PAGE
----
I woke up this morning to the internet buzzing about a new White House Twitter handle: @SCOTUSnom. Was the Supreme Court starting a food blog? But then I realized the new account was actually built as a kind of social media defense for President Obama’s Supreme Court nomination, Merrick Garland.
The US Supreme Court forbids cameras in the courtroom. But apparently one intern from CNN didn’t get the memo. He was removed from the Supreme Court press room today after he was caught with a GoPro strapped to his chest.
In a closely watched decision that weighs the protection of free speech against protecting people from online abuse, the Supreme Court today ruled in favor of people being scary dicks on the internet.
Today the U.S. Supreme Court ruled unanimously that police can no longer search your cell phone without a search warrant or an immediate threat of danger. There are plenty of caveats, but overall this is a victory for privacy advocates. Below are some of the highlights from the decision.
Turns out, SCOTUS doesn't like warrantless cell phone snooping. In a unanimous decision, the Supreme Court ruled that the police generally need a warrant before searching cell phones or mobile devices of the people they arrest.
Not so long ago, gay marriage was still so controversial that California passed an anti-gay-marriage ballot initiative. How did all of this happen so quickly? Everybody is gay now, that's how it happened. Go back in time to the mid-2000s and relive the melodrama all over again.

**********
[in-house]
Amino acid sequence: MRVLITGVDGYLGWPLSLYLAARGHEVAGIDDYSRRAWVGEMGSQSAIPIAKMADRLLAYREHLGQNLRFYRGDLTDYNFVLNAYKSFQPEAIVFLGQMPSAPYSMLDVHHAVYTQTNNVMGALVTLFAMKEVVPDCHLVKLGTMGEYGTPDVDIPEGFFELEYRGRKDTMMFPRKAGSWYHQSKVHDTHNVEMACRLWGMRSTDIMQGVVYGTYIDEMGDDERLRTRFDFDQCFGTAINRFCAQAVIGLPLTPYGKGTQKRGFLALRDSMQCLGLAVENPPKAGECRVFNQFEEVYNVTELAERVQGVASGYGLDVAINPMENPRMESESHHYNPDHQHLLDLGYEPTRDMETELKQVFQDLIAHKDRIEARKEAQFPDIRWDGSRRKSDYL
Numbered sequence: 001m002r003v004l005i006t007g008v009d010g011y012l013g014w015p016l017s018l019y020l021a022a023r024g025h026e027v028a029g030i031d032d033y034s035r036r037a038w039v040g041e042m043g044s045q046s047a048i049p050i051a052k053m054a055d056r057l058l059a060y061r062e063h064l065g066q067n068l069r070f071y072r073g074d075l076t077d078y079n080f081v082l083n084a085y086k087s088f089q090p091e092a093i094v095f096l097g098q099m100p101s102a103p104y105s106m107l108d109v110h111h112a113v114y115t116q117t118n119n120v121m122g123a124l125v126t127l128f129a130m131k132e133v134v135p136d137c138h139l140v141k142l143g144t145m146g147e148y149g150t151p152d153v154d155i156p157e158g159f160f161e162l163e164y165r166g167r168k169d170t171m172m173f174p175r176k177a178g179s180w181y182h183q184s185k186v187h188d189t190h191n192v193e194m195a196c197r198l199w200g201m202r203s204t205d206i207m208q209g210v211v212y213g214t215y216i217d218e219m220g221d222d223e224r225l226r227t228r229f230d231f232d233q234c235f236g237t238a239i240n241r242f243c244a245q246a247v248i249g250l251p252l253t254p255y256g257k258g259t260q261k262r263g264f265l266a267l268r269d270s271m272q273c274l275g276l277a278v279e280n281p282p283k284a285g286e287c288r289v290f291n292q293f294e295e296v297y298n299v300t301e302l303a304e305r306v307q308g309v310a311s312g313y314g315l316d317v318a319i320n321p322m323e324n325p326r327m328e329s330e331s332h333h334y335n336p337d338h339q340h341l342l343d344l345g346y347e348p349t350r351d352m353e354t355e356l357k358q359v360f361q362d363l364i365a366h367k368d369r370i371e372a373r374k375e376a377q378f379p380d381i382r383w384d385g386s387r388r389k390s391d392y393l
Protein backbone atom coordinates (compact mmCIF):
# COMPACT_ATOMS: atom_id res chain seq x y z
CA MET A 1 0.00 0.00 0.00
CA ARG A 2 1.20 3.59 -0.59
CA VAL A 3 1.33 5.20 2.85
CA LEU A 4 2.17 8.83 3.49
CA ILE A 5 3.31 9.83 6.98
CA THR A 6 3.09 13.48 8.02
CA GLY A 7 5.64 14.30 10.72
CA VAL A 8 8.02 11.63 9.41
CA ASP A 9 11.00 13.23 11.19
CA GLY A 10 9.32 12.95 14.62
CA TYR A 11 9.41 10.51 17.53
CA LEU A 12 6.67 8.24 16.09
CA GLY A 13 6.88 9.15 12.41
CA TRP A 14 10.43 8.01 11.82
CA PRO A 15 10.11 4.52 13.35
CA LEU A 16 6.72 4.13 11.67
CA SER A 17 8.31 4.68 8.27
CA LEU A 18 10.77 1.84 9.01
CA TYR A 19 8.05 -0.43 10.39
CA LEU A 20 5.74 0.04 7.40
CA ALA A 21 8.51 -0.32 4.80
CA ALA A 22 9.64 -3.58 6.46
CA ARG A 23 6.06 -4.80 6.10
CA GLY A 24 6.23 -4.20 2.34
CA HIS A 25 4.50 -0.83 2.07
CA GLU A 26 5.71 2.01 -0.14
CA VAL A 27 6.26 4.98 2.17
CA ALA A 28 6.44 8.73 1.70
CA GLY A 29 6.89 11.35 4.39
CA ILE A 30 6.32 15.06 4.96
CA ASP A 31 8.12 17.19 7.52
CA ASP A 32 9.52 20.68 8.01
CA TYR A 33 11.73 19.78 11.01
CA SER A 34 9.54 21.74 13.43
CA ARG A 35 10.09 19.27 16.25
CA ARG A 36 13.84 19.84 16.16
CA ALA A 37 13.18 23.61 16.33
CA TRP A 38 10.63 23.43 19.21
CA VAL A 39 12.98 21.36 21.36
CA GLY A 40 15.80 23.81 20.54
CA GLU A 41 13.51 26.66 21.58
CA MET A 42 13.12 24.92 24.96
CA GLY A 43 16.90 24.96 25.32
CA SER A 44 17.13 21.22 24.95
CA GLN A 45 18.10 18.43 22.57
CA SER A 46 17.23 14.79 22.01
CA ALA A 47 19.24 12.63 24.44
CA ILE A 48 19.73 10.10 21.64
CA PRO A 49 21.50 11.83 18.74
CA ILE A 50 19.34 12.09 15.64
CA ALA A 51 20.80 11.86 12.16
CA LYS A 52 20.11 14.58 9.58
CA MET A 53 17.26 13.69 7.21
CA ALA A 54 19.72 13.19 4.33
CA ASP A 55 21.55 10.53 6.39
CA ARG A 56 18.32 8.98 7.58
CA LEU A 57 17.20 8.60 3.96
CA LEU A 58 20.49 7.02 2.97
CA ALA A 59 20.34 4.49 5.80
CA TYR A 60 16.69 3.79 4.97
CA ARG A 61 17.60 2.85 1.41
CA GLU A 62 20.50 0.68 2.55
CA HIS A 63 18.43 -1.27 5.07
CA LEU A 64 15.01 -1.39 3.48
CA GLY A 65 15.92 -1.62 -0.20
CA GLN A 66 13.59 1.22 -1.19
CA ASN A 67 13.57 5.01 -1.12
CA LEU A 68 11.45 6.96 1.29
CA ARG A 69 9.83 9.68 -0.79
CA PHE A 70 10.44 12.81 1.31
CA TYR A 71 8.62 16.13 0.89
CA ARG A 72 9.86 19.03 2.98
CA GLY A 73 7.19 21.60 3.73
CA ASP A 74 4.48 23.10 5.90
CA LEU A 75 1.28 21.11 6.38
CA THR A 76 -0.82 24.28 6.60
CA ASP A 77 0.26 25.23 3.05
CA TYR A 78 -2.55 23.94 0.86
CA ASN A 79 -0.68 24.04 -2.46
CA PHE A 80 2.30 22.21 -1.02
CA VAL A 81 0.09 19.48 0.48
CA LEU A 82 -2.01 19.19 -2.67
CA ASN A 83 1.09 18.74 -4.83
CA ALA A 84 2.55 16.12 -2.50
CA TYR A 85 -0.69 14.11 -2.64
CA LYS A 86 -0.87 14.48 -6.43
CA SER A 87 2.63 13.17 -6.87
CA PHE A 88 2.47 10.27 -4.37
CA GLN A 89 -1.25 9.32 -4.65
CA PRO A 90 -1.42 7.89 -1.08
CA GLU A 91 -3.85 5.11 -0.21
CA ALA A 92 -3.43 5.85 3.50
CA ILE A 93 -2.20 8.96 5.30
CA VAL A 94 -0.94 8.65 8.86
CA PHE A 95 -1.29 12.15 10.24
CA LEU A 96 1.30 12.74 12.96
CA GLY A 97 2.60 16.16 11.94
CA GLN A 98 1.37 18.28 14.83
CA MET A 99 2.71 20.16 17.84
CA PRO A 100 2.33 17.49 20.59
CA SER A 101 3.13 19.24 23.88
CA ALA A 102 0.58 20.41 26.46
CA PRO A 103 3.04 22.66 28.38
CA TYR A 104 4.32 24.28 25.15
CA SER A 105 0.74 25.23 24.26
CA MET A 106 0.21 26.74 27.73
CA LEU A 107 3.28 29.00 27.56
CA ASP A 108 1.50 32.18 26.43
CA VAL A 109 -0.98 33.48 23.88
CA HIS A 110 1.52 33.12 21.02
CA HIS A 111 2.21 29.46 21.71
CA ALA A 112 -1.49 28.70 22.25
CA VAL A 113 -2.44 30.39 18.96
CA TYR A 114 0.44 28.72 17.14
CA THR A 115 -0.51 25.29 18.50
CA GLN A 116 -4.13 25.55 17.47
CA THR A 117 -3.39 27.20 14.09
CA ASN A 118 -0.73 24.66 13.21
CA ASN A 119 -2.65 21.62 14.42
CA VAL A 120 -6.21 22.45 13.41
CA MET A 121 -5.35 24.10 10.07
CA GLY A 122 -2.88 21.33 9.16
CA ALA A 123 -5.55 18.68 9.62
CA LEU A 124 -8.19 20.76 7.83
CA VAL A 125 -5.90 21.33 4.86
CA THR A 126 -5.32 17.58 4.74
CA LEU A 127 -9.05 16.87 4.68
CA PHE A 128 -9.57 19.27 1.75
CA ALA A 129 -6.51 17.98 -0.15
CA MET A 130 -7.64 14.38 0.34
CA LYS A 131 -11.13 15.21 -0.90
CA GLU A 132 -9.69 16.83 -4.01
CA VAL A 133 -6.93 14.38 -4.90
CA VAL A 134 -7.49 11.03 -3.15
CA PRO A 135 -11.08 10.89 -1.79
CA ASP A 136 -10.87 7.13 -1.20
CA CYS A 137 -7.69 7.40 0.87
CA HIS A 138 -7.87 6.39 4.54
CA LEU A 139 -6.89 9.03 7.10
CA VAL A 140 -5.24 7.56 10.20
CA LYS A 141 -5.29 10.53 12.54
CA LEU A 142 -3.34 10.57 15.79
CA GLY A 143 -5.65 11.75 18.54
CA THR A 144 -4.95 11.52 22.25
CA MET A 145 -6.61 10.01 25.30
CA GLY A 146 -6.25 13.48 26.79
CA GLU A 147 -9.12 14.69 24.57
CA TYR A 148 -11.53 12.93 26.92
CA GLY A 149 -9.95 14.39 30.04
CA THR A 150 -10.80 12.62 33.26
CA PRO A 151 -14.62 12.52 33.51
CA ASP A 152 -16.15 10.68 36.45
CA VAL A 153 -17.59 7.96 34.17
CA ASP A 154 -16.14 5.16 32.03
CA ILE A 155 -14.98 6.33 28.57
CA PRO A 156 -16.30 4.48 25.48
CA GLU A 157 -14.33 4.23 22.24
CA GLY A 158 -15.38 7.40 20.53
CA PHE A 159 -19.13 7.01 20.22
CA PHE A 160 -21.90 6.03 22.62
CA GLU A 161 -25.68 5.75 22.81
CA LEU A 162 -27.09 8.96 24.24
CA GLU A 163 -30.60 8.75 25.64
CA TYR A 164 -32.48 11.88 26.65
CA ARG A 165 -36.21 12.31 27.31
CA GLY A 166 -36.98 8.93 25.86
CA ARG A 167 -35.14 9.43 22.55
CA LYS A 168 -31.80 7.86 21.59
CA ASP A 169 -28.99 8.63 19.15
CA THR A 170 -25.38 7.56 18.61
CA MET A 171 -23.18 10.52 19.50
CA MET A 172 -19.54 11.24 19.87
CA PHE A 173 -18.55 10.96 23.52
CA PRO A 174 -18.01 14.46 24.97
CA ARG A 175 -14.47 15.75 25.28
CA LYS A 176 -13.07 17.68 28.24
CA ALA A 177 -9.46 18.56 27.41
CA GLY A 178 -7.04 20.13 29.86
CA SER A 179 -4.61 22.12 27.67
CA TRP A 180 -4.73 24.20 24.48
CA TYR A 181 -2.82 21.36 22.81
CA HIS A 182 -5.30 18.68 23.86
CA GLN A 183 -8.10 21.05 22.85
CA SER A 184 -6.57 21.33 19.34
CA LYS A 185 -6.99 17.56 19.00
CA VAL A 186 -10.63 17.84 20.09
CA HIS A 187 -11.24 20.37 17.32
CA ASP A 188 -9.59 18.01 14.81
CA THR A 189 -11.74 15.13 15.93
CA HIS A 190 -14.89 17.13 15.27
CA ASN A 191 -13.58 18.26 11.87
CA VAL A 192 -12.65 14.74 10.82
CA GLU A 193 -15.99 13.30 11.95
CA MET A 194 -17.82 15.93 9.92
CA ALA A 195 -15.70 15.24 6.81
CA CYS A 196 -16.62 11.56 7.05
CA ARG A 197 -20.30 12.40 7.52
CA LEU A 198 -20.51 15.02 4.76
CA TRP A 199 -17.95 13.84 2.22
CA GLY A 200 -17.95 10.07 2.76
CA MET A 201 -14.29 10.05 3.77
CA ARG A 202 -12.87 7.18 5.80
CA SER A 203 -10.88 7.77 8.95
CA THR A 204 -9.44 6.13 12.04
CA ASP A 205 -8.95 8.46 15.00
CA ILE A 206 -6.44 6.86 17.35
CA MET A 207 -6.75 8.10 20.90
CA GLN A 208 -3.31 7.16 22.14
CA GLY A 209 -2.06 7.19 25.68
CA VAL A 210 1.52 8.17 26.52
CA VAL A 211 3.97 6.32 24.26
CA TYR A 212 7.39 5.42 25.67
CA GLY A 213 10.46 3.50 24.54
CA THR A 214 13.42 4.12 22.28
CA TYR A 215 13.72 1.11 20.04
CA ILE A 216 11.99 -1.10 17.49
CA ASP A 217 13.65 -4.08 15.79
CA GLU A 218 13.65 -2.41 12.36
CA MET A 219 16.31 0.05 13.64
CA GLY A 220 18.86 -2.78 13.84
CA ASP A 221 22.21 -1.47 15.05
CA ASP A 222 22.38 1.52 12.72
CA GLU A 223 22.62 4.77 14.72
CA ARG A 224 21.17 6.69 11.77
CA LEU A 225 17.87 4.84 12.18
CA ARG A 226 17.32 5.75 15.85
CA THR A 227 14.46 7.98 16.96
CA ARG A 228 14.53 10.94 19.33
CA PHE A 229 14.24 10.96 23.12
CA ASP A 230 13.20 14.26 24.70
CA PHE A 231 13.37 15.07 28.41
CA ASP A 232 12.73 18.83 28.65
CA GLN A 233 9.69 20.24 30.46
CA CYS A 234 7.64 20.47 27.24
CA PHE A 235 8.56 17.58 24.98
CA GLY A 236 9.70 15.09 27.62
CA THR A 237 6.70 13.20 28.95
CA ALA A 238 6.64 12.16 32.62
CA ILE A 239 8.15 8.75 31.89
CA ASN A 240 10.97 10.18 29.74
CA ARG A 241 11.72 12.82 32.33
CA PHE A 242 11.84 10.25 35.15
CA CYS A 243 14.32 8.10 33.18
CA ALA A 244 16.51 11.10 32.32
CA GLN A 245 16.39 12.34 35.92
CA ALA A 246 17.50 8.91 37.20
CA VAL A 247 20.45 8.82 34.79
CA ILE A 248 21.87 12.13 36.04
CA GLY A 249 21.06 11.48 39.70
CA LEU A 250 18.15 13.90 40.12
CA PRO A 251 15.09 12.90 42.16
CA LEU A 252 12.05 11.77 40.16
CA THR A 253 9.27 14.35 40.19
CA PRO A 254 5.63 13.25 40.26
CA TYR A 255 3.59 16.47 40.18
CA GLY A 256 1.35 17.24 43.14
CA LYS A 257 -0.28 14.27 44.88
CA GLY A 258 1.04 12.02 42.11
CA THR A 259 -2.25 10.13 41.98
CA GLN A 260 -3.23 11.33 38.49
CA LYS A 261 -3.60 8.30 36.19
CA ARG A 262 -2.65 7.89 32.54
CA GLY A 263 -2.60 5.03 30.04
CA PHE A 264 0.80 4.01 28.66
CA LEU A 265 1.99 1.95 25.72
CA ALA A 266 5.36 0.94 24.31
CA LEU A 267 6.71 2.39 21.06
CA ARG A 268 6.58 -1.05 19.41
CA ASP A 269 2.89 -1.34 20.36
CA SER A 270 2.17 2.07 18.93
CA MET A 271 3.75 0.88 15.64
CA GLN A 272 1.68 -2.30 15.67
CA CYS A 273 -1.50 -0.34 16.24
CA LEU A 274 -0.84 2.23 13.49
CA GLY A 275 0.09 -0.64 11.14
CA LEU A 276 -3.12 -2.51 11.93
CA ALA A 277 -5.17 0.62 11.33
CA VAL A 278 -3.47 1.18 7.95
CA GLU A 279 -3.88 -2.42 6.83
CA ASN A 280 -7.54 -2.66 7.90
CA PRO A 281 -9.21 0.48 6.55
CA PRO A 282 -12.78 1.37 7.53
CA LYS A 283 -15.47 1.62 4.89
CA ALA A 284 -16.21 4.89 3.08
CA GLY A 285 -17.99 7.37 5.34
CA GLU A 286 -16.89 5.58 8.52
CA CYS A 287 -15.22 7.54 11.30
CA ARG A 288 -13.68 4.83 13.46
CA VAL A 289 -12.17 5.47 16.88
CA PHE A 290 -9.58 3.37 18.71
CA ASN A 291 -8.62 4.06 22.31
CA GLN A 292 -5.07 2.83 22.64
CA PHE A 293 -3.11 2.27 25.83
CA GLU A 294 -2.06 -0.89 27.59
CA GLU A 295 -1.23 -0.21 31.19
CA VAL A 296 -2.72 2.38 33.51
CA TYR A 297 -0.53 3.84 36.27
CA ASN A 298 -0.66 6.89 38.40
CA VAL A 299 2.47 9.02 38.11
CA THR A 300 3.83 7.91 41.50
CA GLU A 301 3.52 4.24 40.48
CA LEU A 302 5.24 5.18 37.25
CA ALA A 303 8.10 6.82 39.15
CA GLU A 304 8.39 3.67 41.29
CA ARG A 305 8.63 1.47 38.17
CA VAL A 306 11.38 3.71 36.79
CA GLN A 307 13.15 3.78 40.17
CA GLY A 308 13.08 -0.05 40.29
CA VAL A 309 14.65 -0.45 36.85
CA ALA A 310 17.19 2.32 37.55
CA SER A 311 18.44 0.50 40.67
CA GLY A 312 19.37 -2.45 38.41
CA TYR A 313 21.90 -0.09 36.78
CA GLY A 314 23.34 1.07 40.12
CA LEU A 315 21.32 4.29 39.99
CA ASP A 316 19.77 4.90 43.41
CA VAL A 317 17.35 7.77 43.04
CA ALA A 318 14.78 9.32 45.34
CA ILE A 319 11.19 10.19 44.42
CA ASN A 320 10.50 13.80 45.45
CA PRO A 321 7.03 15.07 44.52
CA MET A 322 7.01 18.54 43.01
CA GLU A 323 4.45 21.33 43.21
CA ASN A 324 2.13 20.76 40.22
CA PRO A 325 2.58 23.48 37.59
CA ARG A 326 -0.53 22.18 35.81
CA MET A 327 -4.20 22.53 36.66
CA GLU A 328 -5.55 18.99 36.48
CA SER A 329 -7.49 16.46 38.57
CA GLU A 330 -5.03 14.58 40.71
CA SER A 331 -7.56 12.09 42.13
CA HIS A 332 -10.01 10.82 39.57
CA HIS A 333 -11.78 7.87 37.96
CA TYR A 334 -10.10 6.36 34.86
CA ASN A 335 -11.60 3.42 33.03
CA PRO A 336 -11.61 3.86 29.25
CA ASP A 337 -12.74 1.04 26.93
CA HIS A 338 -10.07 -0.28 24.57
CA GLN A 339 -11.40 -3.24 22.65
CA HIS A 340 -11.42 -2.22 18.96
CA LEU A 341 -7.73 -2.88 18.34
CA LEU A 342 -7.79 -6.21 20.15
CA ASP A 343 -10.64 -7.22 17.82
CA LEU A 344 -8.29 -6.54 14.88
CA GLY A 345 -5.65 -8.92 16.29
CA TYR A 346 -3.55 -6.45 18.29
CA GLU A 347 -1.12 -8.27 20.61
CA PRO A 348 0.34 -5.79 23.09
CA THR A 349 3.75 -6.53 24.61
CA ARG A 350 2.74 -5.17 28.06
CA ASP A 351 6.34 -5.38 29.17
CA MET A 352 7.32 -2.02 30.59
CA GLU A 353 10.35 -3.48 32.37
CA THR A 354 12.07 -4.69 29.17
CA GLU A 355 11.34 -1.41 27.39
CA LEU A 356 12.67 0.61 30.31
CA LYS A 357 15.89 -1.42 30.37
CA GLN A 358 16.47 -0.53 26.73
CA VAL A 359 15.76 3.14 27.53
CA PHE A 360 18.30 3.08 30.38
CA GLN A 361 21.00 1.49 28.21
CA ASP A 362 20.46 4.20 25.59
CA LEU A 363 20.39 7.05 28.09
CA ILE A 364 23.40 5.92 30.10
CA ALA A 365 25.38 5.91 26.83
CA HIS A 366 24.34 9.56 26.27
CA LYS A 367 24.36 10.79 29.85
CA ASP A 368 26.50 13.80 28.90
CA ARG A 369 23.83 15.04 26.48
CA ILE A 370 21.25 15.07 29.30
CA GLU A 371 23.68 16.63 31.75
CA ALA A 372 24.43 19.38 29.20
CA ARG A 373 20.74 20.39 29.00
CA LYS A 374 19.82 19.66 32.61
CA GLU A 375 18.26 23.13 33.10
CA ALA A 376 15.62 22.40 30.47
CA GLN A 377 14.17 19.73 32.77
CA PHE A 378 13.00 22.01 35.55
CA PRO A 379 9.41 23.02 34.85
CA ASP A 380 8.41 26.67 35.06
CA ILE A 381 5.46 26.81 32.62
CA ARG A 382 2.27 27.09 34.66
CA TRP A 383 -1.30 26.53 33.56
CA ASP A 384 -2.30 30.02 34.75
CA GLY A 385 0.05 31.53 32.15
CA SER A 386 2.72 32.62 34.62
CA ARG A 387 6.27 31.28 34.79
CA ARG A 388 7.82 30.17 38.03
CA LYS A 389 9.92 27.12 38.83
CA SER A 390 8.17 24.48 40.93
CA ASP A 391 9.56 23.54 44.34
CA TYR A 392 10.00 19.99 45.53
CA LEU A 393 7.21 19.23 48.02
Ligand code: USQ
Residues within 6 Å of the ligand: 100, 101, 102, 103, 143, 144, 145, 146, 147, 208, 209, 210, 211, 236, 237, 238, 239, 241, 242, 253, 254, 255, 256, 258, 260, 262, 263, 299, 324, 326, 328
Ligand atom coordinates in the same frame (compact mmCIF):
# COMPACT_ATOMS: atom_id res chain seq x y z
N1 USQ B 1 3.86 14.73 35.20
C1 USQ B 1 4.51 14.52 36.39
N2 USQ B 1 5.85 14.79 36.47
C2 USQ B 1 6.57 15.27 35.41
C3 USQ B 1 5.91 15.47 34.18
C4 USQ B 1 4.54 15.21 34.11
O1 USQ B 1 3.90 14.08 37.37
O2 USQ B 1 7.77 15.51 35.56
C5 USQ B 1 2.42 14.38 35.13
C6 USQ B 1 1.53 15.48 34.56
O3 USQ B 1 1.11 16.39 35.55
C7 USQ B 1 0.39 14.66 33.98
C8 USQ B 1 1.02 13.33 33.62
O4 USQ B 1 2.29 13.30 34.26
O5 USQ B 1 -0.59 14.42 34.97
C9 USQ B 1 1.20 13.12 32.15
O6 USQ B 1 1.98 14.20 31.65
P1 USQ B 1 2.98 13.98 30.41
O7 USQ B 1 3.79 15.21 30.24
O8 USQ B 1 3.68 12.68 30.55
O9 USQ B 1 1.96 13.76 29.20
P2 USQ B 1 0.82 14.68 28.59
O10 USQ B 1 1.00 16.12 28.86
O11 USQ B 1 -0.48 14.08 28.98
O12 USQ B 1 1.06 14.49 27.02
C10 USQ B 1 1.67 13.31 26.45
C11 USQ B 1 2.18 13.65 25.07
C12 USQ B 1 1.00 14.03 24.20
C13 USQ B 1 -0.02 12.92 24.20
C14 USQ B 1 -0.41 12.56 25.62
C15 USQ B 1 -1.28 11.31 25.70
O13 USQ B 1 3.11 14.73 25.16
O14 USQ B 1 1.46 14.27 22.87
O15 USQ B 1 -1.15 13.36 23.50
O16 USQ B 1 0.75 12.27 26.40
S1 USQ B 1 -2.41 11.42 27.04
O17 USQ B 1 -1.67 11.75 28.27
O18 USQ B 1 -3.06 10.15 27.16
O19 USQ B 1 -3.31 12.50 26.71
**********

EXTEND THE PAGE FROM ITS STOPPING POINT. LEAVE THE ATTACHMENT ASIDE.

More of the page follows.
Today was a historic day for equality, as the U.S. Supreme Court struck down the misleadingly named Defense of Marriage Act (DOMA). Futurist thinkers have been imagining this day for years, and back in 1990 Newsweek gave hints about what marriage might look like in the world of tomorrow.
By a 5-4 vote, the Supreme Court has gutted the Voting Rights Act of 1965. The states with long histories of racism—specifically, the southern states where black humans were kept as slaves who could be legally bought, sold, raped and murdered—have had federal oversight since 1965 to protect minority voters. That's…
Last week, the Supreme Court issued a ruling on patenting "natural" DNA. It was a ruling so confusing that even Justice Scalia admitted he didn't feel qualified to understand it. Luckily, science journalist Maggie Koerth-Baker has spelled it all out (literally) for you.
Thank the gods. Yesterday, the U.S. Supreme Court had the good sense to ignore a case that would have prevented the government from funding embryonic stem cell research. Here's why their decision was a very good idea.